Here’s a letter to the Wall Street Journal:
A key issue in the pending case of Moore v. U.S. is whether or not the 16th amendment authorizes Congress to tax unrealized economic gains (“The Wealth Tax You May Already Owe,” Dec. 7). The amendment itself clearly authorizes taxation only of “income.” So the question before the court is this: Are unrealized economic gains income? Solicitor General Elizabeth Prelogar says they are. She told the Supreme Court that the “ordinary conception of income” is any “economic gain between two points in time.”
But she’s mistaken. Long before the 16th amendment was ratified people well understood that income is only what is realized from successfully deploying labor, land, or capital. John Stuart Mill, for example, wrote about “When … a capitalist invests £20,000 in his business, and draws from it an income of (suppose) £2,000 a year.”* Income is what is drawn from an asset; it’s not simply an increase in the asset’s value.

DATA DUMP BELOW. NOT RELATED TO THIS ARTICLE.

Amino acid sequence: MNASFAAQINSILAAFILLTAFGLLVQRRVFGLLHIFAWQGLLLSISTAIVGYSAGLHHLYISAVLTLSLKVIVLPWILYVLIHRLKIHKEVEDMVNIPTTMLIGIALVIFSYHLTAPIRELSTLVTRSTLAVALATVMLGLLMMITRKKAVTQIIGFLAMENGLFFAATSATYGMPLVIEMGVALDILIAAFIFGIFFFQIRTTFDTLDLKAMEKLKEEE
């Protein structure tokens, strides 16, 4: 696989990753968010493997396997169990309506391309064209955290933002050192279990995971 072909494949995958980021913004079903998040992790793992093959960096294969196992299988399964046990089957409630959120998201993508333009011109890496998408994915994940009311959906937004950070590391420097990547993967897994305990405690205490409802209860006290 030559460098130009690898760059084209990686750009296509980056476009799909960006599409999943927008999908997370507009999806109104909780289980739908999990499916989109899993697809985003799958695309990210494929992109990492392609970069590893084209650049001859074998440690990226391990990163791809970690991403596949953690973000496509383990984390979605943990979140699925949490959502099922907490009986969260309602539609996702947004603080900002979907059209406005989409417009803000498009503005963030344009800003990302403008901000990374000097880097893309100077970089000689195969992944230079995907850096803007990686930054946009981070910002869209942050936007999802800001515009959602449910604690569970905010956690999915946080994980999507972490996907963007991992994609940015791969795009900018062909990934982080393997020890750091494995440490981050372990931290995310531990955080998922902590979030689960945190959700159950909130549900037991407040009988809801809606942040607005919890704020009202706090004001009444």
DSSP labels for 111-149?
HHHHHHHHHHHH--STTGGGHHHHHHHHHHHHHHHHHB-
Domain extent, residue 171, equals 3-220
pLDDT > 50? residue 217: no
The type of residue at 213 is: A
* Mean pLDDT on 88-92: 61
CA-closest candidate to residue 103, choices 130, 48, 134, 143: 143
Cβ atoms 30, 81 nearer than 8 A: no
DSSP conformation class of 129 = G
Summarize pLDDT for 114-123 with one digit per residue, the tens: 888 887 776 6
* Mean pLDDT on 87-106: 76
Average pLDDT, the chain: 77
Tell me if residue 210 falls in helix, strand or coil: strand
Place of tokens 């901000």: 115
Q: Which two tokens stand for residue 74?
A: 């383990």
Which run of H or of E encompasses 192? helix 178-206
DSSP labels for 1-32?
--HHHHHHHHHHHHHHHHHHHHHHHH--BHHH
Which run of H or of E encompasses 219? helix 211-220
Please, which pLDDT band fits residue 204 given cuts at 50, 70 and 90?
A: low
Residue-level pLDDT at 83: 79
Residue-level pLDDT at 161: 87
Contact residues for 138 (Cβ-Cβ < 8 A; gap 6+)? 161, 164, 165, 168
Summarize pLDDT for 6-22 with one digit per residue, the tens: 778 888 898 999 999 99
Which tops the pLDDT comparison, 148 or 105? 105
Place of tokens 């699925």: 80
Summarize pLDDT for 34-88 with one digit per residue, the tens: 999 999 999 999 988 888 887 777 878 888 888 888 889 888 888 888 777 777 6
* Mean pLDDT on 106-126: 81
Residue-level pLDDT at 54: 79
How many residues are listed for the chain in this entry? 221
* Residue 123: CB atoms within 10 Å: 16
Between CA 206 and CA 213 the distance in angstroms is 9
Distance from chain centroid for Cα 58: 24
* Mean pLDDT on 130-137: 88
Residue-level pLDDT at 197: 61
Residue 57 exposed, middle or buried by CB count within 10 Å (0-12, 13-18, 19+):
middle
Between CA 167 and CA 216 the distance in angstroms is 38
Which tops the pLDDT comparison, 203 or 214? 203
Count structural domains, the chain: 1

And although the Justices aren’t concerned with the economic consequences of taxing unrealized capital gains, citizens should be – and so ought to heed the full measure of what Mill wrote: “the common impression is [that the capitalist is the] beneficial owner both of the £20,000 and of the £2,000, while the laborers own nothing but their wages. The truth, however, is that he only obtains the £2,000 on condition of applying no part of the £20,000 to his own use. He has the legal control over it, and might squander it if he chose, but if he did he would not have the £2,000 a year also. For all personal purposes they have the capital and he has but the profits, which it only yields to him on condition that the capital itself is employed in satisfying not his own wants, but those of laborers.”
If government taxes unrealized gains, owners of productively deployed capital will liquidate more of their capital to obtain the sums necessary to pay these taxes; they will be led to squander their capital for the benefit of the government. America’s capital stock will shrink, thus reducing worker productivity and, hence, wages. The prospect is ugly.
Donald J. Boudreaux
Professor of Economics
Martha and Nelson Getchell Chair for the Study of Free Market Capitalism at the Mercatus Center
George Mason University
Fairfax, VA 22030
* John Stuart Mill, Socialism (published posthumously in 1879), pp. 83-84.